New MRI Agent May Reveal how Brain Injury Produces Inflammation and how to Prevent it

Mapping ATP Involvement in Neuroinflammation In Vivo Using Genetically Encoded Reporters for Magnetic Resonance Imaging
Mikhail Shapiro, Ph.D.

California Institute of Technology, Pasadena, CA

Grant Program:

David Mahoney Neuroimaging Program

Funded in:

December 2016, for 2 years

Funding Amount:


Lay Summary

New MRI agent may reveal how brain injury produces inflammation and how to prevent it

Investigators will explore in a laboratory mouse model of brain injury how the damaging process of inflammation occurs following injury. Their exploration utilizes a new class of reporters used with MRI that they developed through their $100,000 2014 Phase I award from the Foundation.

The immune system responds to brain injury from trauma or stroke by mounting an inflammatory response that further damages brain cells at and around the injury site. What activates this brain inflammation, and can it be prevented? While scientists do not currently know how inflammation processes are initiated, they do know that damaged brain cells release a molecule called ATP (adenosine triphosphate), which stores energy required by all cells.

The investigators have hypothesized that ATP release produces inflammation by activating one or both of two types of cells in the brain: 1) immune microglia cells, which help to activate and direct immune responses; and 2) star-shaped cells called “astrocytes” that send signals that can be protective or harmful to neural networks. Until now, researchers have not imaged ATP release from injury-damaged brain cells to visualize the signaling processes that lead to inflammation.

The Caltech investigators sought to do so by developing a genetically encoded MRI class of reporters that would bind to ATP to enable determination of how ATP is released by injury-damaged brain cells and initiates inflammation in the laboratory mouse model of head injury.

Significance: This new reporter class used with MRI may provide valuable insights into inflammatory processes in the brain.


Mapping ATP Involvement in Neuroinflammation In Vivo Using Genetically Encoded Reporters for Magnetic Resonance Imaging

Neuroinflammation is increasingly appreciated as an important factor in neurological conditions ranging from acute brain injury to long-term neurodegeneration. However the molecular signals underlying neuroinflammatory processes are not fully understood, partly because it is currently difficult to monitor such signals inside the brains of living animals. To overcome this limitation, we will develop a transformative technology for high-resolution non-invasive neurochemical imaging and use it to map the release of adenosine triphosphate (ATP) as a signal of cellular injury during brain trauma. Our approach makes use of a new class of reporters for magnetic resonance im-aging (MRI) developed in our laboratory, which we will target to the extracellular space of the brain. This will allow us to image the ATP levels encountered by cells such as microglia and as-trocytes during brain injury in live animals, and correlate it with histological markers of microglial and astrocytic activation and immune cell recruitment. Via three specific aims, we will: (1) com-plete the development of MRI reporters of ATP, (2) demonstrate in vivo imaging of ATP expo-sure, and (3) map ATP release in a model of traumatic brain injury and its correlation with glial activation and immune cell recruitment. Successful completion of this research will result in an enhanced understanding of the spatial and temporal dynamics of ATP and microglial and astro-cyte activation in brain injury and demonstrate the utility of a new technology for neurochemical imaging with widespread applications in neuroscience. The resulting insights could aide in the development of better treatments for neurological trauma and inflammation, and enable future work on a new class of molecular diagnostics.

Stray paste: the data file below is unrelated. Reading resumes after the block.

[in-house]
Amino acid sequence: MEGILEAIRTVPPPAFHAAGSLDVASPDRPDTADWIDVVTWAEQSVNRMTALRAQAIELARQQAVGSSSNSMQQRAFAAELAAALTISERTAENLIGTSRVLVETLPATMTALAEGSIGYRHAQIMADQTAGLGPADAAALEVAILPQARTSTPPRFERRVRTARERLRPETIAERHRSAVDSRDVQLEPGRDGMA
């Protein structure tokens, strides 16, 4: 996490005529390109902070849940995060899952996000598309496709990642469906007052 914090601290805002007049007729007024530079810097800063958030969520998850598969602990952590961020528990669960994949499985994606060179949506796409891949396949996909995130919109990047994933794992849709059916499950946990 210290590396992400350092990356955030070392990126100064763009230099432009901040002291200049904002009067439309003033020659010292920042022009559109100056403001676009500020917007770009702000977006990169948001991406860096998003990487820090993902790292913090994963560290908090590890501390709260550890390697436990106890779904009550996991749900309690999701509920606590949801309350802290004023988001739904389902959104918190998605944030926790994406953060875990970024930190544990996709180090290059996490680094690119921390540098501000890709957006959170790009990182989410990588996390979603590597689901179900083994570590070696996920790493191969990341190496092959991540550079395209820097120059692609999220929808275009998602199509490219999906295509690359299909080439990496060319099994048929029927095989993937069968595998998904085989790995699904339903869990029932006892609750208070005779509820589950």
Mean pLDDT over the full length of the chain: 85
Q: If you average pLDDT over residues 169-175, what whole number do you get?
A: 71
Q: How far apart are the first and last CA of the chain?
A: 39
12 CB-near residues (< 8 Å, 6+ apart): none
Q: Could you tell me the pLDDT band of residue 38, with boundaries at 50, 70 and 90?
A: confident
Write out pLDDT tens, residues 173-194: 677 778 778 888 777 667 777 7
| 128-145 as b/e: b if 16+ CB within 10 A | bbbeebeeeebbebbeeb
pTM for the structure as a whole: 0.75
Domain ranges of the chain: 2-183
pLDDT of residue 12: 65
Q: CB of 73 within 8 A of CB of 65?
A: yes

Investigator Biographies

Mikhail Shapiro, Ph.D.

Mikhail Shapiro is an Assistant Professor of Chemical Engineering and a Heritage Principal Investigator at the California Institute of Technology. His research is focused on the development of technologies to image and control biological function non-invasively at the molecular level. Dr. Shapiro received his PhD in Biological Engineering from the Massachusetts Institute of Technology and his BSc in Neuroscience from Brown. He conducted post-doctoral research in biophysics at the University of Chicago and was a Miller Fellow at the University of California, Berkeley. Dr. Shapiro developed the first genetically engineered functional sensors for magnetic resonance imaging of the brain, discovered fundamental mechanisms by which infrared light stimulates neurons, and introduced the first protein-based molecular imaging agents for ultrasound. He has been awarded the Hertz, Soros, Miller and Life Science Research Foundation fellowships, the Hertz PhD Thesis Prize, the Burroughs Wellcome Career Award at the Scientific Interface, the DARPA Young Faculty Award, the Pew Scholars Award, the Sontag Foundation Distinguished Scientist Award, the Packard Fellowship for Science and Engineering and the Technology Review TR35 award for top innovators under age 35.